Post-travel depression hits everyone at some point, no matter how much you try to push it out of your mind. Despite being incredibly stressful, traveling is an amazing experience that expands your horizons.
Going back to your little corner of the world can be immensely disappointing by comparison.
It's been two weeks since I got back from New Zealand, and I already wish I was on the road again. I've experienced this before when coming back from Disney World and even places as local as the nearest state park.
It's an awful feeling that can reverse the positive effects of the trip.
Because of this, I try to plan for post-travel depression as much as possible. Here's what I've learned:
1. Scrapbook, scrapbook, scrapbook!
Shark wall in Wellington, NZ
Or any related creative image-compiling craft, physical or digital. I prefer physical copies of things because they feel more real and tangible, but I also make video scrapbooks with any clips I might have.
I've been making scrapbooks of trips since I was little, and looking back on them helps me remember the trip in a fun way. Scrapbooking itself can also be an adventure. It's messy, creative, and fun, like any good adventure is, and you don't have to spend thousands of dollars on a plane ticket!
2. Talk about the trip with anyone who will listen.
Looking for cockels in Tauranaga, NZ
Reliving the experience with others will help keep the trip fresh in your mind and allow you to adjust more gradually to coming home. Friends both IRL and online, family members, teachers, etc. They might be interested to hear your stories as well.
3. You can’t revisit the destination right now, but some experiences can be recreated.
I am definitely going to experiment with mac and cheese in the near future! (Rotorua, NZ)
After a camping trip, I will sometimes make foil packet dinners just because I crave them after spending so much time eating campfire food. I developed a taste for kiwi fruit in New Zealand and I hope to incorporate the fruit in more of my recipes.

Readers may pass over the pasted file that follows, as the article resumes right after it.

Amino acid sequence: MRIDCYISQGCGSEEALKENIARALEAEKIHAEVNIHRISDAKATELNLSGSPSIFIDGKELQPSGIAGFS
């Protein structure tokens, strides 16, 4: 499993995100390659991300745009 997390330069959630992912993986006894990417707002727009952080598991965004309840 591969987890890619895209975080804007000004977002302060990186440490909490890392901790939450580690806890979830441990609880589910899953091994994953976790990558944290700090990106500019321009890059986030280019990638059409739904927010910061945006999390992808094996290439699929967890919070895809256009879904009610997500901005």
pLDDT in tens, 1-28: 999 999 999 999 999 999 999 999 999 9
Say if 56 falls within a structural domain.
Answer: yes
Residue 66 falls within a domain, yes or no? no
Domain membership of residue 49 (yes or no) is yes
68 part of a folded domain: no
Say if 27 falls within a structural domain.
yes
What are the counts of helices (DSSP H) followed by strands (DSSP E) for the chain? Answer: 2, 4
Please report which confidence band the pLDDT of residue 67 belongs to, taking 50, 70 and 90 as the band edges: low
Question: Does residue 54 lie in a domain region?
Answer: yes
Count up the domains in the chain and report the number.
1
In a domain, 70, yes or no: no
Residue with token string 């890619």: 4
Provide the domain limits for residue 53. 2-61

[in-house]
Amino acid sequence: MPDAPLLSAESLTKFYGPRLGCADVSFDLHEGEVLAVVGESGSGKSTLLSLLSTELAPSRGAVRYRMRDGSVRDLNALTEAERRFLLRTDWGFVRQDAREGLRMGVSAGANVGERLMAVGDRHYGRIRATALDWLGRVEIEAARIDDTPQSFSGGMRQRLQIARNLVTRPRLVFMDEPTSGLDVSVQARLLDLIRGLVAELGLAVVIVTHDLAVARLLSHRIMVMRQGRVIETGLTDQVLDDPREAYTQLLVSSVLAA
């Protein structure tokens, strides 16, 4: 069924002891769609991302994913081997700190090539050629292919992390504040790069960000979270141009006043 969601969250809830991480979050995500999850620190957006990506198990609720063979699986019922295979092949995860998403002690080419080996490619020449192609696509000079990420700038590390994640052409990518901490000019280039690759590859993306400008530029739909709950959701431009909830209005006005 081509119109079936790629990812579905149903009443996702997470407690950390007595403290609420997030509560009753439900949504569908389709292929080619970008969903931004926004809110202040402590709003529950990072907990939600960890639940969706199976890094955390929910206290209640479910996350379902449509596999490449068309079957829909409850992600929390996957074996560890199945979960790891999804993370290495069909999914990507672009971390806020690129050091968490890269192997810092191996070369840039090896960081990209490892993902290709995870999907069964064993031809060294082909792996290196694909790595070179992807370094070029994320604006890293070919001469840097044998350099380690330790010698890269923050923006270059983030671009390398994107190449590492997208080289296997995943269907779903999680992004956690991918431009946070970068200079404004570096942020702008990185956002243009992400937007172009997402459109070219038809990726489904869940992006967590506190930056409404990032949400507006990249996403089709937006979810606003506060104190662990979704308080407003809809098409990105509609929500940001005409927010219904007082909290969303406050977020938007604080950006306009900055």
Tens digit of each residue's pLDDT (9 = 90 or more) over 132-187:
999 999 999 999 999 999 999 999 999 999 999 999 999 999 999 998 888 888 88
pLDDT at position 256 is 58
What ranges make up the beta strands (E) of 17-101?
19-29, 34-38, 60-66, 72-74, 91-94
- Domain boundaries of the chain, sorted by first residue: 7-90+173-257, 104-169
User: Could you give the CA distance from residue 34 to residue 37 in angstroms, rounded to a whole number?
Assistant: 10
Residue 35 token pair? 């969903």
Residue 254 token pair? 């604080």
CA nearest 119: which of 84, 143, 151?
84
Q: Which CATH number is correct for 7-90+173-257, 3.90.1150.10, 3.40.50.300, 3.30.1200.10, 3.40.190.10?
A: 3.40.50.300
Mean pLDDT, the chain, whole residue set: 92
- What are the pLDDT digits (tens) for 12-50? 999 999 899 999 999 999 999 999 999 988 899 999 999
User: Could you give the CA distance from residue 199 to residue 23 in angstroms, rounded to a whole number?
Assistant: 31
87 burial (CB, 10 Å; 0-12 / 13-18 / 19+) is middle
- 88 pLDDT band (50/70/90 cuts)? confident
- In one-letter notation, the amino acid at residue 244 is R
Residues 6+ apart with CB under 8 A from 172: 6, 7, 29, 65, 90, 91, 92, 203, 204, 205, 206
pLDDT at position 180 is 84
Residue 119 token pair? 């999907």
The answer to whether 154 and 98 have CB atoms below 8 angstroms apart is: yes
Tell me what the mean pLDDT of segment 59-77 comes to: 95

4. Think about why the trip meant so much to you, and bring that into your daily life.
Te Puia, Rotorua, NZ
After New Zealand, I made it my mission to learn as much about indigenous culture as possible because it was something that really resonated with me on the trip. Seeing how the Maori are a part of New Zealand's present and future was inspiring and I want to know how I can support Native Americans.
After Disney World, I tried to rethink my idea of magic and tried to add magic to small moments, such as watching Netflix in a blanket fort or putting up Christmas lights in June just because they're pretty.
5. It’s okay to let yourself feel sad.
Especially on a dreary day. (Mount Victoria, Wellington, NZ)
You had an amazing trip, but all good things come to an end. When that happens, there can be a bit of a grieving process, even if you knew it wasn't going to last forever. Pushing that aside and telling yourself you're being pathetic will only cause you to feel miserable. Sometimes you need to have a good cry. Tears are weakness leaving the body, after all.
6. Recognize when it’s time for another adventure.
A ship at harbor is safe, but that's not what ships are built for. (Bay of Plenty, NZ)
Sometimes travel changes you so much that you no longer fit into the life you had before. In that case, maybe it's time to get a different job or move out or make some other major life change. Only you can know the answer to that, and I'm not advising you to rush into things. Meditate on it, talk to people you trust. The world is too big to keep your horizon small.